In response to the set target tension Tr, the counterweight position setter 54 calculates the position St of the counterweight 50 and applies a signal indicative of this position St to a counterweight drive section 53. The calculation of the counterweight position St will be described in detail later.

In response to the input position signal, the counterweight drive section 53 drives the counterweight position shifting motor 51 to move the counterweight 50 so that the counterweight 50 is located in the position set by means of the setter 54.

The speed control section 40 includes an angle controller 41 and a speed controller 43. The angle controller 41 compares a target angle Ar and the detected angle θ, and delivers a speed modification command for correcting the angle of the arm 11. The speed controller 43 controls the speed of the bridle roll driving motor 21, and hence, the rotational speed of the bridle rolls 20 in response to the delivered speed modification command thereby adjusting the transportation speed of the strip so that the angle of the arm is fixed.

For other parts, the second embodiment is arranged in the same manner as the first embodiment, so that like reference numerals are used to designate the same parts throughout the drawings.

The following is a description of some processes of operation which differentiate the second embodiment from the first embodiment. The target tension Tr is entered in the counterweight position setter 54, whereupon the setter 54 calculates the position St of the counterweight 50 in accordance with the input target tension Tr, and sets it in the counterweight drive section 53. When the target tension is set, or when the set target tension is changed, the counterweight position is set in the following manner.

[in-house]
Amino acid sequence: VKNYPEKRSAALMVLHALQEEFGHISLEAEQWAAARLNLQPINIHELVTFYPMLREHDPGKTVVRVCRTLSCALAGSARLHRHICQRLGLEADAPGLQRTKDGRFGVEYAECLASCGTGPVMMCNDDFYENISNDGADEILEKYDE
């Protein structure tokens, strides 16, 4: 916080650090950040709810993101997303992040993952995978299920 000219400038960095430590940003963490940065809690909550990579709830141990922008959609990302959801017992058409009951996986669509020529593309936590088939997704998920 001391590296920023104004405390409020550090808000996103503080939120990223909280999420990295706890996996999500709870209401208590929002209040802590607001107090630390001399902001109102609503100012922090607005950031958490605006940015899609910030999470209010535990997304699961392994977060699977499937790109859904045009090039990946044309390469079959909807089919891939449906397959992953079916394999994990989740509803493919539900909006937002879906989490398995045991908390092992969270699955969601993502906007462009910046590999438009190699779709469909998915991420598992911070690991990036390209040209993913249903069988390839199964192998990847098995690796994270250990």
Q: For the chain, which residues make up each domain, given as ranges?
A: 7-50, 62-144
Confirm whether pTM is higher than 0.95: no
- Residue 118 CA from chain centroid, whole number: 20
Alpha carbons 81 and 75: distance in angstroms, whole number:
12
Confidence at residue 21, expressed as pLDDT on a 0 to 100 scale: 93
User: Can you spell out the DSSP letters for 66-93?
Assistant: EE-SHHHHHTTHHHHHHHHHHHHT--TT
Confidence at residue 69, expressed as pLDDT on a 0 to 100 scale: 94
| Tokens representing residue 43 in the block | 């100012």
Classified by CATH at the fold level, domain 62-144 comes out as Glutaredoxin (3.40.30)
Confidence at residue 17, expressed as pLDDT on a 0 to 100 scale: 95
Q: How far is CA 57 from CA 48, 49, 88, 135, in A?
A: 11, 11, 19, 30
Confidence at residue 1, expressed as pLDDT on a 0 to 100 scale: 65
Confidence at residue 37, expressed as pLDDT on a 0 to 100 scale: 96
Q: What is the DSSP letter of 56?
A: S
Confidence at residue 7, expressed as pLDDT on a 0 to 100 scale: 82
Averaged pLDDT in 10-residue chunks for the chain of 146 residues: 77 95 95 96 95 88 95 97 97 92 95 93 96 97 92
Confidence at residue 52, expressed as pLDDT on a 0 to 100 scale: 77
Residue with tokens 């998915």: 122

If the strip tension is T, a torque Tq required for the counterweight shifting motor 51 is given by

Tq=2.T.Lr+Wm.Lm-(Ws.St+Wr.Lr+Wf.Lf)                        (3)

where Lr is the distance between the central axis of the movable transportation roll 10 and the supporting shaft 12, Lf is the distance between the center of gravity of the arm 11 and the shaft 12, Lm is the distance between the center of gravity of the counterweight shifting motor 51 (including the sensor and the like) and the shaft 12, Wr is the weight of the roll 10, Ww is the weight of the counterweight 50, Wf is the weight of the arm 11, and Wm is the weight of the counterweight shifting motor 51 (including the sensor).

In the second embodiment, as shown in FIGS. 2 and 3, the counterweight shifting motor 51 is located on the opposite side of the supporting shaft 12 with respect to the movable transportation roll 10, so that a torque Wm. St on the arm 11, which is based on the weight Wm of the motor 51, acts in the same direction as the tension of the strip on the arm 11 as indicated by the first term of equation (3).

If the torque of the arm driving motor 14 and the target tension are Ctq and Tref, respectively, the counterweight position St, based on equation (3), is given by

St=(2Tref.Lr+Wm.Lm) -(Wr.Lr+Wf.Lf+Ctq)/Ww                  (4)

The movable range (between the maximum and minimum values of the position St) for the counterweight 50 should be established by setting the maximum and minimum values of the necessary target tension Tref for operation at economical values which ensure minimized moment of inertia and required performance in consideration of the torque Ctq of the motor 14 and other constants in equation (4).